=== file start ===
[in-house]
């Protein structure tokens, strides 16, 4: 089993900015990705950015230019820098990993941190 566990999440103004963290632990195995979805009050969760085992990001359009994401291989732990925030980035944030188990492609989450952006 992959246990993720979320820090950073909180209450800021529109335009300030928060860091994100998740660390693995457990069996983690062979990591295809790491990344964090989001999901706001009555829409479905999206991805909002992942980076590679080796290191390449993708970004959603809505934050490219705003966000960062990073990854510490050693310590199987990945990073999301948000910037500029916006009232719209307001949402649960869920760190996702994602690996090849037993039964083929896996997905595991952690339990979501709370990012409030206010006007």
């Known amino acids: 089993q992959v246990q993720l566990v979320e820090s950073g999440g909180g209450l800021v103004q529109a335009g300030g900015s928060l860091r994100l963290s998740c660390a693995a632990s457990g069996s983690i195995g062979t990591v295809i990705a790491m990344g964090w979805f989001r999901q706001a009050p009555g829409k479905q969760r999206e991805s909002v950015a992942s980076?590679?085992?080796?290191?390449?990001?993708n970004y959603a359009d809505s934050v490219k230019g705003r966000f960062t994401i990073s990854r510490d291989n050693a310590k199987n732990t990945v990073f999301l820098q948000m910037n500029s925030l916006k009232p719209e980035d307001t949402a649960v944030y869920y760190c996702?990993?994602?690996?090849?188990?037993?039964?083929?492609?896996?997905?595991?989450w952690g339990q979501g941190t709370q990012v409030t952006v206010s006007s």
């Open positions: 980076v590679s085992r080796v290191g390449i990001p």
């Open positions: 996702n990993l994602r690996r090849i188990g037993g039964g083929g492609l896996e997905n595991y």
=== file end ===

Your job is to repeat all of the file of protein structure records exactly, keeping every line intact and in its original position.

[in-house]
């Protein structure tokens, strides 16, 4: 089993900015990705950015230019820098990993941190 566990999440103004963290632990195995979805009050969760085992990001359009994401291989732990925030980035944030188990492609989450952006 992959246990993720979320820090950073909180209450800021529109335009300030928060860091994100998740660390693995457990069996983690062979990591295809790491990344964090989001999901706001009555829409479905999206991805909002992942980076590679080796290191390449993708970004959603809505934050490219705003966000960062990073990854510490050693310590199987990945990073999301948000910037500029916006009232719209307001949402649960869920760190996702994602690996090849037993039964083929896996997905595991952690339990979501709370990012409030206010006007």
């Known amino acids: 089993q992959v246990q993720l566990v979320e820090s950073g999440g909180g209450l800021v103004q529109a335009g300030g900015s928060l860091r994100l963290s998740c660390a693995a632990s457990g069996s983690i195995g062979t990591v295809i990705a790491m990344g964090w979805f989001r999901q706001a009050p009555g829409k479905q969760r999206e991805s909002v950015a992942s980076?590679?085992?080796?290191?390449?990001?993708n970004y959603a359009d809505s934050v490219k230019g705003r966000f960062t994401i990073s990854r510490d291989n050693a310590k199987n732990t990945v990073f999301l820098q948000m910037n500029s925030l916006k009232p719209e980035d307001t949402a649960v944030y869920y760190c996702?990993?994602?690996?090849?188990?037993?039964?083929?492609?896996?997905?595991?989450w952690g339990q979501g941190t709370q990012v409030t952006v206010s006007s």
């Open positions: 980076v590679s085992r080796v290191g390449i990001p």
């Open positions: 996702n990993l994602r690996r090849i188990g037993g039964g083929g492609l896996e997905n595991y």